Koleos takes Renault’s crossover crown

The new Renault Koleos is the French manufacturer’s new halo model. Simon Davis puts the new SUV to the test in Finland.

The Renault Koleos wears the crown of the company's crossover range, moving into the larger D-segment classification. Picture: Renault/PA

THE Koleos represents a venture into unchartered territory for Renault. Where the original Koleos was more of a compact SUV, this new second-generation model moves the nameplate into the larger D-segment, and crowns the Renault crossover range.

Unveiled at the 2016 Beijing Motor Show, the new Koleos SUV is based on the same Renault-Nissan Alliance CMF-C/D (Common Module Family) platform as the Nissan X-Trail. However, where Nissan’s large SUV is available with a seven-seat configuration, Renault offers the Koleos strictly as a five-seater.

Looks and image

That decision to keep the Koleos as a five-seater was — according to Renault’s designers — partly made to keep the design of the SUV as stylish and upmarket as possible. While this immediately calls the old ‘form over function’ debate to mind, you do have to admit that the Koleos is an attractive beast.

Designed in conjunction with the Renault Talisman — the Koleos does look every bit the high-end SUV, even if the large Renault badge that sits proudly on the SUV’s nose may not traditionally be associated with such aspirations.

The cabin, on the other hand, can’t quite cash the cheques that the Koleos’ exterior is writing. With plenty of leather and mod-cons such as heated seats and satellite navigation, it isn’t a bad place to sit by any means, but there is still a noticeable amount of less-than-desirable looking plastics and surfaces throughout.

Considering prices for the Koleos start at a hefty £27,500 in the UK (no prices for Ireland), you’d expect a little more bang for your buck, especially when you compare its interior with the likes of rivals such as the Peugeot 5008 and Skoda Kodiaq.

Space and practicality

As far as interior space is concerned, you won’t be left wanting. Front seat passengers will find they have more than enough head and shoulder-room, while two adults will be able to sit comfortably in the back seats over longer journeys. The back seats offer a generous amount of leg and knee-room, and even with the optional sunroof specified, head-room is more than plentiful.

One area where the Koleos does fall down — especially in comparison with rivals such as the Nissan X-Trail and Skoda Kodiaq — is the fact that it isn’t available with the optional third row of seats.

However, this does pay dividends (albeit small ones) in terms of boot space, as the Koleos offers 579 litres of luggage space, while the X-Trail manages just 565 litres with the rear seats in place.

Behind the wheel

Considering the Koleos shares a platform with the Nissan X-Trail, it was surprising to discover that the Renault didn’t really feel as well-sorted out on the road as its Japanese counterpart. The steering set-up was not quite as direct and lacked some of the feedback provided by the X-Trail, and there was also a touch more roll through the corners.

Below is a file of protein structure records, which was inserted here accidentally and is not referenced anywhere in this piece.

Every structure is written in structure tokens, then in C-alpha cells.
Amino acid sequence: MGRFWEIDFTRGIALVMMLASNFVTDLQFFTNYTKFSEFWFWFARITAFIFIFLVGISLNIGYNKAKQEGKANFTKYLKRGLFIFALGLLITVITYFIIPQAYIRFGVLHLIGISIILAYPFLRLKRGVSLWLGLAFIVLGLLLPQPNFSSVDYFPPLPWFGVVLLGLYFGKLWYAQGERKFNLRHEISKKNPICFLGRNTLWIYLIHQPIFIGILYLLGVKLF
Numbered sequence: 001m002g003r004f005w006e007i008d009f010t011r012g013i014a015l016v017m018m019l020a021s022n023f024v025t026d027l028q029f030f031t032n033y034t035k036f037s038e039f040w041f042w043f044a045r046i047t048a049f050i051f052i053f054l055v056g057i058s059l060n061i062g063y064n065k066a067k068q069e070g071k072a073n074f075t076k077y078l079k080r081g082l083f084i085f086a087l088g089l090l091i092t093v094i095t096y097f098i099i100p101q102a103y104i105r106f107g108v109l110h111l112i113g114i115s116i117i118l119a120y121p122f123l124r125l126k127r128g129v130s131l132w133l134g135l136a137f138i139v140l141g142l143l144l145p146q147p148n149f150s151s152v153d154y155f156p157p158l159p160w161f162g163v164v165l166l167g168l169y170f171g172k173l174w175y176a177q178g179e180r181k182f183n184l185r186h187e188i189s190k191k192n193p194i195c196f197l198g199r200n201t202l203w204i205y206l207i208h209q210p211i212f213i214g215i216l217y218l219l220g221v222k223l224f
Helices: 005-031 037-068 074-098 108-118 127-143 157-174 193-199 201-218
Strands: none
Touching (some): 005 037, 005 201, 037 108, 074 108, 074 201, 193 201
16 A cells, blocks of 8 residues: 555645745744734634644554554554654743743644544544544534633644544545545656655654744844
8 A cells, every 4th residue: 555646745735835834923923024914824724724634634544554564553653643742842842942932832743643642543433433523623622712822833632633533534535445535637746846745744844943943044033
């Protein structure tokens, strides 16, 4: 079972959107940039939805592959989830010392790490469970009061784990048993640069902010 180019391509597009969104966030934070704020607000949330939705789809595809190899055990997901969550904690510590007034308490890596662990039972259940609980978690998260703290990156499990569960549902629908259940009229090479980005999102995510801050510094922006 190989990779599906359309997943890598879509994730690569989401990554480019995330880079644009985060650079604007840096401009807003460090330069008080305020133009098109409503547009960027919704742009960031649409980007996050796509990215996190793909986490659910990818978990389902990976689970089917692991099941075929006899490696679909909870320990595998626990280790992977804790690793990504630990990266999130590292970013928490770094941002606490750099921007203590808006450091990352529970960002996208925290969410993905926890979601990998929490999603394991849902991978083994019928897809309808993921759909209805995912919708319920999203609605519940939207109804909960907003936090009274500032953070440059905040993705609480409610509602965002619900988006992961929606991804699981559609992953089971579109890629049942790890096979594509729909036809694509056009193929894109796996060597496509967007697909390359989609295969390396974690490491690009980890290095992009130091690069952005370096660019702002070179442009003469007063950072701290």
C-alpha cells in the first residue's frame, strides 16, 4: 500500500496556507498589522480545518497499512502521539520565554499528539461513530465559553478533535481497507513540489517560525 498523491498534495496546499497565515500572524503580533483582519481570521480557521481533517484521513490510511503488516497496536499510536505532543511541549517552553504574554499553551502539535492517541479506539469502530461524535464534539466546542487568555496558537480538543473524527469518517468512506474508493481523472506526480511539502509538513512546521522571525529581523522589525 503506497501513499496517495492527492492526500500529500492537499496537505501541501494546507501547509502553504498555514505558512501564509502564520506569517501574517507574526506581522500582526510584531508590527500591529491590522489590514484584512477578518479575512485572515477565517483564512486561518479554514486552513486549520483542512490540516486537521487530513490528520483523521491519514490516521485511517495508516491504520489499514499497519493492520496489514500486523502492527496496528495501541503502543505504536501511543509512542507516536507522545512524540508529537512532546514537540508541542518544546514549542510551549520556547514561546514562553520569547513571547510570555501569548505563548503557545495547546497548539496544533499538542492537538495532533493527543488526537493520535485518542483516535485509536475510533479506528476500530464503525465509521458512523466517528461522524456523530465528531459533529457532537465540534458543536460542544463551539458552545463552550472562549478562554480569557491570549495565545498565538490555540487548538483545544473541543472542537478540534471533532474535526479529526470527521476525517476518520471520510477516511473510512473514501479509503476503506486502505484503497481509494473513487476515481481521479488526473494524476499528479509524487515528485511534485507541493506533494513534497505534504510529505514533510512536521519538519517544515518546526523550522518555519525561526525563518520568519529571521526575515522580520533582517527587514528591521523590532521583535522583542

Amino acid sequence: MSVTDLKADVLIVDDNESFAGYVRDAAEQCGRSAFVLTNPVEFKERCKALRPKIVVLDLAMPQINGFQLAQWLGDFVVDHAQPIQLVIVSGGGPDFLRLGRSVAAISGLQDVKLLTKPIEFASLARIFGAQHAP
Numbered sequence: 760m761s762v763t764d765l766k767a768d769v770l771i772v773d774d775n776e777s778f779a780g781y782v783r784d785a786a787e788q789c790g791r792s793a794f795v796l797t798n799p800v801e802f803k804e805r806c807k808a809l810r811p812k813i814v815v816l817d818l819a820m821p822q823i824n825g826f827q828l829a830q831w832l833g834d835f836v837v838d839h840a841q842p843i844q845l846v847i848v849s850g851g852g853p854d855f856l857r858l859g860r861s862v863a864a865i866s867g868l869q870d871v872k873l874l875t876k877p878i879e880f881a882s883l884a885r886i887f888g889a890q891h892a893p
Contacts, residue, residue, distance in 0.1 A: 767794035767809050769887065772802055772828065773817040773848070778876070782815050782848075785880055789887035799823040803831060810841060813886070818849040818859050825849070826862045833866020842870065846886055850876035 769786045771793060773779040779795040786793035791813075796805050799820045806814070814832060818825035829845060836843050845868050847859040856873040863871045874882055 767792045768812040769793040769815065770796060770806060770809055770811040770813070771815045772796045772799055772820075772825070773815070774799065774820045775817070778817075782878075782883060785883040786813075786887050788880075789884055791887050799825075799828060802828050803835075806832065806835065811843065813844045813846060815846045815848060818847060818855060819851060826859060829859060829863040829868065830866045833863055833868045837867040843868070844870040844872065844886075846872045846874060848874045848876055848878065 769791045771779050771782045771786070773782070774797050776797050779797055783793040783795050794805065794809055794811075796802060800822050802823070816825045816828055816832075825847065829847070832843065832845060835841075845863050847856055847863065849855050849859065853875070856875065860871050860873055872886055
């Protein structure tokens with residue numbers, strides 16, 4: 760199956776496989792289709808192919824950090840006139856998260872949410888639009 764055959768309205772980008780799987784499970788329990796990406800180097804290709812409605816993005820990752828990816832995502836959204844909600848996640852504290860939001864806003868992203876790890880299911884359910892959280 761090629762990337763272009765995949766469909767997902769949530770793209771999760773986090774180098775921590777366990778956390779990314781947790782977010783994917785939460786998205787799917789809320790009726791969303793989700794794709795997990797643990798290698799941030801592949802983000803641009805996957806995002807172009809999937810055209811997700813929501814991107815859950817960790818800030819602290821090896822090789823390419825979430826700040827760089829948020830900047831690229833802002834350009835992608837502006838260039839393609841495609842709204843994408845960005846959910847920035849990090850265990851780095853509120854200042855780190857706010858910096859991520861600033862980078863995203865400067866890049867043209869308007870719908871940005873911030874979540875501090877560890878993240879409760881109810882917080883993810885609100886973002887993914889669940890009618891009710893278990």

The Koleos also wasn’t as composed over bumps as its sister car — although this might have been down to the fact the roads on our test route in Finland were worse than those we tested the X-Trail on in Austria.

The Koleos’ large 19-inch wheels also gave way to a great deal of tyre roar at speed, and would’ve contributed to the harsher ride that we experienced.

However, the large, comfortable seats and abundant cabin space did go some way to making up for this. Opting for smaller, 18-inch alloys would certainly remedy the large amounts of road noise, and make the Koleos an incredibly comfortable long-distance cruiser.

There are two diesel engine options available with the Koleos — a 128bhp 1.6-litre unit and larger 175hp 2.0-litre power plant.

While both engines do a good job of getting the Koleos up to speed in a timely manner, the six-speed manual transmission — which is the only transmission available with the 1.6-litre unit — is rather vague and slushy in action.

Value for money

There’s no arguing with the fact that the Koleos is a rather expensive proposition in its segment — especially considering the fact that it doesn’t quite offer the same levels of practicality as a few of its seven-seat rivals.

While prices are steep — standard specification is generous. Entry-level Dynamique S Nav vehicles benefit from a panoramic glass sunroof, 18-inch alloys, automatic dual-zone climate control, cup-holders that can heat or cool drinks in the front of the cabin, and Renault’s seven-inch R-LINK2 infotainment system that incorporates satellite navigation, DAB radio, Apple CarPlay and Android Auto.

Signature Nav models are equipped with the 1.6-litre diesel engine. This top-flight trim level adds full leather upholstery, 19-inch alloys a larger 8.7-inch touchscreen infotainment system and a powered hands-free tailgate, among other features.

Who would buy one?

The Renault Koleos is a car that will appeal to anyone in the market for a stylish, slightly left-field SUV. Its dashing looks will no doubt appeal to many, as will its comfortable and well-appointed interior.

However, there are a couple of flies in the ointment — the rather high asking price and the fact it doesn’t offer seven seats.

FACTS AT A GLANCE

Model:

Renault Koleos Signature Nav dCi 130

Engine tested:

1.6-litre four-cylinder diesel

Power:

128bhp

Torque:

320Nm

Max speed:

115mph; 0-60mph: 11.2 seconds

MPG:

57.6

Emissions:

128g/km


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